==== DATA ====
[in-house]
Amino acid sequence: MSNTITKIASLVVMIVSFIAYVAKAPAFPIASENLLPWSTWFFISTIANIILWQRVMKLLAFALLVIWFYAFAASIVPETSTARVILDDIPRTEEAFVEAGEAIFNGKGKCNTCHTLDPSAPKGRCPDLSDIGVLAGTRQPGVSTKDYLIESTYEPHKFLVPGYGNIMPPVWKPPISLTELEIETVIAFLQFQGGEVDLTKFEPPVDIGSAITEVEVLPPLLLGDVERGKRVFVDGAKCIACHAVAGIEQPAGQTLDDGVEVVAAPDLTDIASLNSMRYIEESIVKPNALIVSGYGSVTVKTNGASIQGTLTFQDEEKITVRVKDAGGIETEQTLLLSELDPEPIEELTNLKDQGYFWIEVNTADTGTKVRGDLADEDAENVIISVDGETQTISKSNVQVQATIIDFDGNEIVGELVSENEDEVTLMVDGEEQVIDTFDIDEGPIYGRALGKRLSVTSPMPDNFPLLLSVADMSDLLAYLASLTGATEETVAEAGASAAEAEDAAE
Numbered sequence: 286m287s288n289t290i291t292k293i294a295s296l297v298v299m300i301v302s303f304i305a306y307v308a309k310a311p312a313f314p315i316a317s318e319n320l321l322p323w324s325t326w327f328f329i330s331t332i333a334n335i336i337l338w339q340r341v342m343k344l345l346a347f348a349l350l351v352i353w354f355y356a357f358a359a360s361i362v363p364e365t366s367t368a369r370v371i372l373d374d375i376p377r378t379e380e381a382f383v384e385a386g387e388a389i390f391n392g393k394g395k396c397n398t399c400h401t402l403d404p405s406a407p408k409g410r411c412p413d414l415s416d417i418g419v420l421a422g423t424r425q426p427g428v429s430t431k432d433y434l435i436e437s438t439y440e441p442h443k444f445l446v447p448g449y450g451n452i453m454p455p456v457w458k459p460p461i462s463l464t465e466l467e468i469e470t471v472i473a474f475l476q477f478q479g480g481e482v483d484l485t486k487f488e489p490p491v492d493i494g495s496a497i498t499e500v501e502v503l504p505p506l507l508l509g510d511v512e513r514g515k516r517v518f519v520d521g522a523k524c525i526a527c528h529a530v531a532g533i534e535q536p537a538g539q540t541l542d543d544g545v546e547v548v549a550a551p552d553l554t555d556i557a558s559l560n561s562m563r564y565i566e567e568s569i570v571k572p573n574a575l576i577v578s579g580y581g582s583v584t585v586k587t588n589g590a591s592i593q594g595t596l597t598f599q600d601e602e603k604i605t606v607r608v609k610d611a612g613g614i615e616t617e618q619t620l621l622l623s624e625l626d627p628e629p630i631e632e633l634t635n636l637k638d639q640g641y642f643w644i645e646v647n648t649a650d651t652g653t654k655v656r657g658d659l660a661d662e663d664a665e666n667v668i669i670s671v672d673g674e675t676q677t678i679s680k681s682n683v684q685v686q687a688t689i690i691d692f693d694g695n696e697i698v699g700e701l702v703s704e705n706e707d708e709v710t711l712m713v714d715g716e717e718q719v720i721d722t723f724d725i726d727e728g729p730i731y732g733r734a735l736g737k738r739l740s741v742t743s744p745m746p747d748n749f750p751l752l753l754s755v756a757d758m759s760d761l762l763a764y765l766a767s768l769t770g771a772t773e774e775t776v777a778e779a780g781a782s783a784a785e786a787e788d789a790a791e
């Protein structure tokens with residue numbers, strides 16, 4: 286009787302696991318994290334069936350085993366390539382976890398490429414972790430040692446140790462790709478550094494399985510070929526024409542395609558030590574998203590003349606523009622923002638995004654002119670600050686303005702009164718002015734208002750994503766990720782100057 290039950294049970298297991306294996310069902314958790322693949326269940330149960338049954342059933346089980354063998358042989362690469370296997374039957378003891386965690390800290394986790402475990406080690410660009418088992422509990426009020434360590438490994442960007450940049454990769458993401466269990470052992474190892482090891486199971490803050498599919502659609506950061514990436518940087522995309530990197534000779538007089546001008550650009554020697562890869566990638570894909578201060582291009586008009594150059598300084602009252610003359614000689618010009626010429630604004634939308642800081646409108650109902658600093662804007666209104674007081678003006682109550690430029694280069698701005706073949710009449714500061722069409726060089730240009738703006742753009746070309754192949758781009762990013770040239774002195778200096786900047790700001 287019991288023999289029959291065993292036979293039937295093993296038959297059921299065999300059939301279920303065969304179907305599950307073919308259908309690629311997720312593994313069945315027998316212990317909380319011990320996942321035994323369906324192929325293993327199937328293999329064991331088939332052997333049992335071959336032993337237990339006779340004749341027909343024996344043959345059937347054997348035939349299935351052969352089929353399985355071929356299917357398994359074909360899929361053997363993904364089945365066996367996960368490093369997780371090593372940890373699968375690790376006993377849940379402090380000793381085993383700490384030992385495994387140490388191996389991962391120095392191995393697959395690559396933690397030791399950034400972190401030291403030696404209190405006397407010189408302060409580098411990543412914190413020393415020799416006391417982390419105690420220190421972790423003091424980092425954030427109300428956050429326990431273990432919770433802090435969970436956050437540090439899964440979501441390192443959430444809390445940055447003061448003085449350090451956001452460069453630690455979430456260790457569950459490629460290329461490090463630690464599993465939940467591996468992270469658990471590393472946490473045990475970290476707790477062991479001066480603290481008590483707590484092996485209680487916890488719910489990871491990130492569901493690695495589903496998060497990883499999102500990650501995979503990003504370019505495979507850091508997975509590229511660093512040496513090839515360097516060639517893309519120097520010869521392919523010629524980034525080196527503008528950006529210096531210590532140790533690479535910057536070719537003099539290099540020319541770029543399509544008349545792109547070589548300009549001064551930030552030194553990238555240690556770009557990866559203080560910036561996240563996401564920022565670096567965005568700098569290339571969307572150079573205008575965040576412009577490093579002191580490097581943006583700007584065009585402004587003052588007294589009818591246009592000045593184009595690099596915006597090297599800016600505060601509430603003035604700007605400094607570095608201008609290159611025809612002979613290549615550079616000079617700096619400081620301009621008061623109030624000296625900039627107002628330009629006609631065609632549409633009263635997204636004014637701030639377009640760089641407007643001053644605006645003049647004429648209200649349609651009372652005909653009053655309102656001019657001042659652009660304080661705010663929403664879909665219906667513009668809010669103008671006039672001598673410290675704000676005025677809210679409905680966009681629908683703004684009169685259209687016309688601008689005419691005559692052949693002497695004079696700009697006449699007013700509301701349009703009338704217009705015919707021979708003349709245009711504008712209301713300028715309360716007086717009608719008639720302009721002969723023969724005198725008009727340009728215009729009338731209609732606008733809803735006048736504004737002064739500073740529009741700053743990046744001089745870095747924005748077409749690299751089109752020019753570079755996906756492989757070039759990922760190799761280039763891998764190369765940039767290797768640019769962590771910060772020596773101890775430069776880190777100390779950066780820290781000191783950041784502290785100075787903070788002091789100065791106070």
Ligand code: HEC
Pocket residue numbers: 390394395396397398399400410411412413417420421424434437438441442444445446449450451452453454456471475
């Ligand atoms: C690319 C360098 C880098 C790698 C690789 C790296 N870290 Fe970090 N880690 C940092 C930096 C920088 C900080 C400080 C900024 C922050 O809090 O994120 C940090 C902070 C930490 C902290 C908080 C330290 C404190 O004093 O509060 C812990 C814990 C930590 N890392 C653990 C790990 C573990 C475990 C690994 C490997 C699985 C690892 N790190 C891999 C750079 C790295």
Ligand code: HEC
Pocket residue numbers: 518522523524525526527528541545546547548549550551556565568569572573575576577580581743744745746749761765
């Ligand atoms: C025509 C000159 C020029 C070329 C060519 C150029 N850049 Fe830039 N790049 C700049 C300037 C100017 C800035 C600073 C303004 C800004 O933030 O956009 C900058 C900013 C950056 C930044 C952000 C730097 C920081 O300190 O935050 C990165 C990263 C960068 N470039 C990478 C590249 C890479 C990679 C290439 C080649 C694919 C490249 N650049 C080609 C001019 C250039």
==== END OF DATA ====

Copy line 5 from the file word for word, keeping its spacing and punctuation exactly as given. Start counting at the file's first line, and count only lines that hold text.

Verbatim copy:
Ligand code: HEC